According to the researchers, therapy dog sessions are becoming more popular on university campuses in the west.
"Our findings suggest that therapy dog sessions have a measurable, positive effect on the wellbeing of university students, particularly on stress reduction and feelings of negativity," said lead author Emma Ward-Griffin, Research Assistant at the University of British Columbia in Canada.
While previous research suggested that female students benefit from therapy dog sessions more than male students, the researchers found the benefits were equally distributed across both genders in this study.
In addition, having therapy dogs around while students are working on their out-of-class assignments could be even more helpful, researchers said.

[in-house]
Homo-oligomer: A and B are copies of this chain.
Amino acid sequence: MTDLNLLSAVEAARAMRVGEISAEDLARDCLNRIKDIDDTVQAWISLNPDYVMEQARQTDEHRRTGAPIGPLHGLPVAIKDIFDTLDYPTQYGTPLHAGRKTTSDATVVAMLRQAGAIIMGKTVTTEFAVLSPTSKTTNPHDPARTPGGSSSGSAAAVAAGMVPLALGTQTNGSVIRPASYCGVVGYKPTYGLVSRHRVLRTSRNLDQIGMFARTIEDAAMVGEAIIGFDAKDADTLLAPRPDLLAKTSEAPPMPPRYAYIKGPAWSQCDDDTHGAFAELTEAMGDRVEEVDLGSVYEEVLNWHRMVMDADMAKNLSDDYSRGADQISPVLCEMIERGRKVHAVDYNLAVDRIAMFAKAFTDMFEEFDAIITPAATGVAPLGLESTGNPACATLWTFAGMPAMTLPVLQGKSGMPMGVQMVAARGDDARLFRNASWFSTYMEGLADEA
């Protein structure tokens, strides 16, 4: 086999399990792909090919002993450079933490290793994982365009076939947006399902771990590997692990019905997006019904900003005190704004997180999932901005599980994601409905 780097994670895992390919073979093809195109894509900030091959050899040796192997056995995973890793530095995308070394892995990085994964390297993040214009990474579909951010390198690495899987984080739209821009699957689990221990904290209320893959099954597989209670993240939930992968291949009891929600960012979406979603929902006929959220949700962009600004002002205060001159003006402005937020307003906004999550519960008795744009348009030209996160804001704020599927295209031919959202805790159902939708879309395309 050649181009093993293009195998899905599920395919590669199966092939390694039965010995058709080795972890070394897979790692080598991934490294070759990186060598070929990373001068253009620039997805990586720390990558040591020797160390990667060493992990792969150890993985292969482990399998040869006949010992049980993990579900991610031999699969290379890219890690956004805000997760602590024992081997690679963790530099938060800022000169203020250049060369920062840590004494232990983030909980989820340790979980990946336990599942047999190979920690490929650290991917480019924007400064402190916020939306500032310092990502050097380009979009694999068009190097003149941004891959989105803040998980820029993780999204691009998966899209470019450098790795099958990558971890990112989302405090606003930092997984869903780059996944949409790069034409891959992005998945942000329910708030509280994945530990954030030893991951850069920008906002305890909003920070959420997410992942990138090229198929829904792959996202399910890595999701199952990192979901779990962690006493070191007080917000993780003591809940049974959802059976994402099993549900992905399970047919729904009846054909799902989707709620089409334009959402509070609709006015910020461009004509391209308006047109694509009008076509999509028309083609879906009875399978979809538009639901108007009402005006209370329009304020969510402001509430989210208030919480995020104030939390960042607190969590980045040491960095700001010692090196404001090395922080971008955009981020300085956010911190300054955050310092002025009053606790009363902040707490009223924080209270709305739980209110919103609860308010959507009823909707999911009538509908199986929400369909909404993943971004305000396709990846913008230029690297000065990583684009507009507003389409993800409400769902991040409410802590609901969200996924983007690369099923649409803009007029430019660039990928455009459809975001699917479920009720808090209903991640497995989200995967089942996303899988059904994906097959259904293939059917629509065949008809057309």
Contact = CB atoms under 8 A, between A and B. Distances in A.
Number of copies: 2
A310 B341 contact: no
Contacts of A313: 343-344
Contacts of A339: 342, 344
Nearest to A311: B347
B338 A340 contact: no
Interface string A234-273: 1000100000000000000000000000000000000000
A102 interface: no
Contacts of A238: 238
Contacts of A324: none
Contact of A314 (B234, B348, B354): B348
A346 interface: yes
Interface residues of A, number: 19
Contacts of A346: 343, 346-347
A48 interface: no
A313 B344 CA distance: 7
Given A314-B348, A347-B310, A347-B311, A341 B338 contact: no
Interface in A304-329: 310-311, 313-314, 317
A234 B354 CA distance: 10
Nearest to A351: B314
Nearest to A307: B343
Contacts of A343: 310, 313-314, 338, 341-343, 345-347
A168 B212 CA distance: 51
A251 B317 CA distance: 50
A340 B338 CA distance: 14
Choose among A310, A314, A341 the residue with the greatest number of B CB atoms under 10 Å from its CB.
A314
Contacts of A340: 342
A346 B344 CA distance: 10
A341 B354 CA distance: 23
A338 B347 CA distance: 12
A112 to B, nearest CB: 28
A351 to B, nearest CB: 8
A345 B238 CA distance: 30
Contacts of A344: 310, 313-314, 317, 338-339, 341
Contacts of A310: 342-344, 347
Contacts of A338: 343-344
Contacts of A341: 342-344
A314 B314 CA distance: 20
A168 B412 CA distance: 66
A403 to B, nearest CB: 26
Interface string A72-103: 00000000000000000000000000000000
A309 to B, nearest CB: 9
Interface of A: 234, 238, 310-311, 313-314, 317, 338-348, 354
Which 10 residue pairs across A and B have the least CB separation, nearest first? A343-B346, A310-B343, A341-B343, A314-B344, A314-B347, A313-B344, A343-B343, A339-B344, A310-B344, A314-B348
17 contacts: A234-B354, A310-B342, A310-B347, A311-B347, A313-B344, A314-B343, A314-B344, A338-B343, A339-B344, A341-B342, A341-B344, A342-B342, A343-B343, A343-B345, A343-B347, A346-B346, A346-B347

For the study, published in the journal Stress and Health, the researchers surveyed 246 students before and after they spent time in a drop-in therapy dog session.
Students were free to pet, cuddle and chat with seven to 12 canine companions during the sessions. They also filled out questionnaires immediately before and after the session, and again about 10 hours later.
The study found that participants reported significant reductions in stress as well as increased happiness and energy immediately following the session, compared to a control group of students who did not spend time at a therapy dog session.
"These sessions clearly provide benefits for students in the short-term, so we think universities should try to schedule them during particularly stressful times, such as around exam periods," said Frances Chen, Assistant Professor at the varsity.
(This story has not been edited by Business Standard staff and is auto-generated from a syndicated feed.)